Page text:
But there’s another important difference between Diet Coke and Coke Zero, and that’s how the brands are marketed. When most people hear the word “diet,” they often think of women. Whatever the reason for the association, women are often considered to be more of dieters than men. Men had difficulty with the idea of drinking Diet Coke for the same reason – they considered it rather “effeminate.” Coca-Cola even designed the Diet Coke logo and can to reflect this idea and gradually began to market it more towards women. The idea was to also create an identity for self-conscious women concerned about their weight.
Considering the overall soda consumption has declined in the last several years, it was apparent that men were also interested in the weight-loss, health-conscious lifestyle. After all, when differentiated by gender, men are more likely to consume soda than women are. So how was Coca-Cola going to react? Coke Zero was born. Instead of using the word “diet” in its name and advertisements when it was launched, the marketing strategy for Coke Zero focused on its “zero-calorie” feature. The can and logo were also designed to appeal more to men, appearing more “masculine.” It was recently rebranded in 2016 as Coke Zero Calorie to emphasize this feature.
Diet Coke remains the second most popular soda drink in the world, but Coke Zero hasn’t broken the top 10. So the jury’s still out on whether or not the market segmentation has worked. But, then again, there has also been a 34-year gap between the two products being released. Nevertheless, Diet Coke and Coke Zero may not even be worthy of being valued as suitable substitutes for the health-conscious world.
Are they still healthy?
Soda drinkers may have switched to diet and zero-calorie brands for health reasons. Because they are used to the taste of the beverage they have grown to love so much and don’t wish to part from it in their life, they have switched to the versions with fewer consequences. But do they really have fewer consequences?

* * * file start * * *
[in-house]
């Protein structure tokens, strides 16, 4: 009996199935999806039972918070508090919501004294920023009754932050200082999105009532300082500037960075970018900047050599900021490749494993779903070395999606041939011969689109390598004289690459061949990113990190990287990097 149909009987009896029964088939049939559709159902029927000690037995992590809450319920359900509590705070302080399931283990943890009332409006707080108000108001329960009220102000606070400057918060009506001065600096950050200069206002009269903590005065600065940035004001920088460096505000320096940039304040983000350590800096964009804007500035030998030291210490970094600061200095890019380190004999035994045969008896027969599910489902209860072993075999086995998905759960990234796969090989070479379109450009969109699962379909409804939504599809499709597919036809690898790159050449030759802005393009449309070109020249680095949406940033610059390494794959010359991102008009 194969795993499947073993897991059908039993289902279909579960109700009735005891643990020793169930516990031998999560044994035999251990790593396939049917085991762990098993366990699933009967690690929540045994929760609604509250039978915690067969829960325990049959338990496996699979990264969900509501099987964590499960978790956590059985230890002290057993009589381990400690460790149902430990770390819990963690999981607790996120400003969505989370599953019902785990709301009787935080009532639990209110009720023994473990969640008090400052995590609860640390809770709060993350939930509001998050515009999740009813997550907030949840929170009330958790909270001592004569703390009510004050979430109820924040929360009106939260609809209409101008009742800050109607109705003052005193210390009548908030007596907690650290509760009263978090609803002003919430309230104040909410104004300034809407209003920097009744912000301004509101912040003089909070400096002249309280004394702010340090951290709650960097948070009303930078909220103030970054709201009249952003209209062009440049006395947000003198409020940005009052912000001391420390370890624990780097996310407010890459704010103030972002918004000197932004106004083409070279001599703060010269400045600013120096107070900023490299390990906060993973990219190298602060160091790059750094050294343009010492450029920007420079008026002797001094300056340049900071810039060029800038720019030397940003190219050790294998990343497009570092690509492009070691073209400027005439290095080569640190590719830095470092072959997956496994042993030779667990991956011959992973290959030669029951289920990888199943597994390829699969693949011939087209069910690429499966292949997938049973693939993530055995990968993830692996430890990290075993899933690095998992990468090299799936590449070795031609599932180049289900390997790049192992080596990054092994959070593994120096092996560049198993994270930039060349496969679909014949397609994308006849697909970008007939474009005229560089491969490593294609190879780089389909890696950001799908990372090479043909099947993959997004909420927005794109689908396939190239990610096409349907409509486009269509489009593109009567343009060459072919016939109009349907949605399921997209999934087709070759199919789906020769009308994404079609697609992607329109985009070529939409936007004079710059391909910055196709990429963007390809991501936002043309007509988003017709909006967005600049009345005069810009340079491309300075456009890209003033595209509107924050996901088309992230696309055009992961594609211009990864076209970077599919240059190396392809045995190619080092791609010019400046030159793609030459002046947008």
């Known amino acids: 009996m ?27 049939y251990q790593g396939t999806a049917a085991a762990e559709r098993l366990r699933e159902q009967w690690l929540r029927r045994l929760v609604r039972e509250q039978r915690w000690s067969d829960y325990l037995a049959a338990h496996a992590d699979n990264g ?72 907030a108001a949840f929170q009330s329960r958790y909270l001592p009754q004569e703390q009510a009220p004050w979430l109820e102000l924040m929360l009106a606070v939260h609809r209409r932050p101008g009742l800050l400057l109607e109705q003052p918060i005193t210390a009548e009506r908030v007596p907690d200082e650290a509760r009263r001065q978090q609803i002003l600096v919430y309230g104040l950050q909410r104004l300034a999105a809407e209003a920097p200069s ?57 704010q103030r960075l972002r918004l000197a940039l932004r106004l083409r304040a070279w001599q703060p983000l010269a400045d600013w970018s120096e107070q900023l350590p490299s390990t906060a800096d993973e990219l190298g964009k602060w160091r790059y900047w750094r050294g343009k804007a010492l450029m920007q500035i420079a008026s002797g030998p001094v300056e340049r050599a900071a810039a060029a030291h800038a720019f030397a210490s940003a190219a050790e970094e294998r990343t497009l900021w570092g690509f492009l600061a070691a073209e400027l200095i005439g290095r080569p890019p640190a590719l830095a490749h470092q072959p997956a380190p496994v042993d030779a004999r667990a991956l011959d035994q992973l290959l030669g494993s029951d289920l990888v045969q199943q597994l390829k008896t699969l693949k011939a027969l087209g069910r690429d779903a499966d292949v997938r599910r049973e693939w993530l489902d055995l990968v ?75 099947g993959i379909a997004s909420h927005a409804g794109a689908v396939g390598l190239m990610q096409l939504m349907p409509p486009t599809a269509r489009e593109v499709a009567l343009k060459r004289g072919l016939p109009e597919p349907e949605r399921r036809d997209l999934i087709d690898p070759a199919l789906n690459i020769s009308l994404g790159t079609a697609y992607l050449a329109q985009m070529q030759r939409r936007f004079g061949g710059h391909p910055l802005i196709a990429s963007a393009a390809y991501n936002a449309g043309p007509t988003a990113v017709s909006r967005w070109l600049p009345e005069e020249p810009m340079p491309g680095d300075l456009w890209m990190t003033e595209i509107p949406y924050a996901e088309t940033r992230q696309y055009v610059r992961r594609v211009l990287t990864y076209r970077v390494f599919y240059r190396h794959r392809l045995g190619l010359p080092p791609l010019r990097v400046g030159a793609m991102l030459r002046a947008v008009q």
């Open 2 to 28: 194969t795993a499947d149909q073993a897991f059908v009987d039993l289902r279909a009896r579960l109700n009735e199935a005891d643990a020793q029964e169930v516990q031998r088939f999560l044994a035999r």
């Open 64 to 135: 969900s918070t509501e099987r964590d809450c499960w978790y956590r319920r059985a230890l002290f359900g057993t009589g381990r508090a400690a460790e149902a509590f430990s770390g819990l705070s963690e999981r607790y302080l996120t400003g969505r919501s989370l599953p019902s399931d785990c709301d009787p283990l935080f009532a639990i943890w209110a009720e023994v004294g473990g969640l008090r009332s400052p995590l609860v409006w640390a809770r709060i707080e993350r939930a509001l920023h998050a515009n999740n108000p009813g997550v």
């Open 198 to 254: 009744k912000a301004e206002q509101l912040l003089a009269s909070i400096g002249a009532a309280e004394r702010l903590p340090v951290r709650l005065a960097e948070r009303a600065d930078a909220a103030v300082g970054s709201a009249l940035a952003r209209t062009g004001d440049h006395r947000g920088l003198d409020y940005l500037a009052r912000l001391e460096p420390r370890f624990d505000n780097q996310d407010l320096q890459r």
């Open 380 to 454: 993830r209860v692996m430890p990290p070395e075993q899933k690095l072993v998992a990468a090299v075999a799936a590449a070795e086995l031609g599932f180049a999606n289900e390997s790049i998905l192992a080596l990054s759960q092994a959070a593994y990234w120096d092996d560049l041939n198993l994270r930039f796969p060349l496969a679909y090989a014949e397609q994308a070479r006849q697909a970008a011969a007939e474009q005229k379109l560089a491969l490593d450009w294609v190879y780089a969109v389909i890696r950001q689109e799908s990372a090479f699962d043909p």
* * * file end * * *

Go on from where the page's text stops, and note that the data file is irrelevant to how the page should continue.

Both aspartame and acesulfame K have been studied and were revealed to be carcinogenic. Just like asbestos, certain dioxins, and tobacco smoke. So that means the Coke Zero that’s marketed to men has two difference carcinogens, instead of the one in Diet Coke. And acesulfame K has the most negative studies than any other artificial sweetener. Additionally, in some other Central and South American Countries, and a few European countries, Coke Zero was produced with sodium cyclamate as an artificial sweetener. Sodium cyclamate was banned by the United States Food and Drug Administration. It had later been pulled from some of those formulas after consumer campaign.
But Diet Coke isn’t much better. Its reliance on aspartame as a sweetener has led to many health concerns as well. Changing food energy intake by substituting artificial sweeteners for sugar will not necessary decrease food energy intake, nor extend to anything resembling a weight-loss diet. Instead, steady consumption of sugar substitutes gives a 48% higher risk for metabolic syndrome. Additionally, the sodium benzoate in both drinks has been linked to breakdowns in mitochondrial DNA, which can lead to hyperactivity and decreased cognitive development in children.
Soda consumption, overall, happens because it is a cheap drink that isn’t water, and it’s tasty. It feels good to consume sweet, tasty things, so the body craves more of it. But the body needs water. Because a psychological reward doesn’t exist in consuming water, people are often going to choose the sugary drink over the healthy drink because it makes them feel better. The only problem is that the short-term rewards could be leading to some severe long-term consequences. While there are slight differences between Diet Coke and Coke Zero, the biggest similarity they share is not being a part of your healthy lifestyle.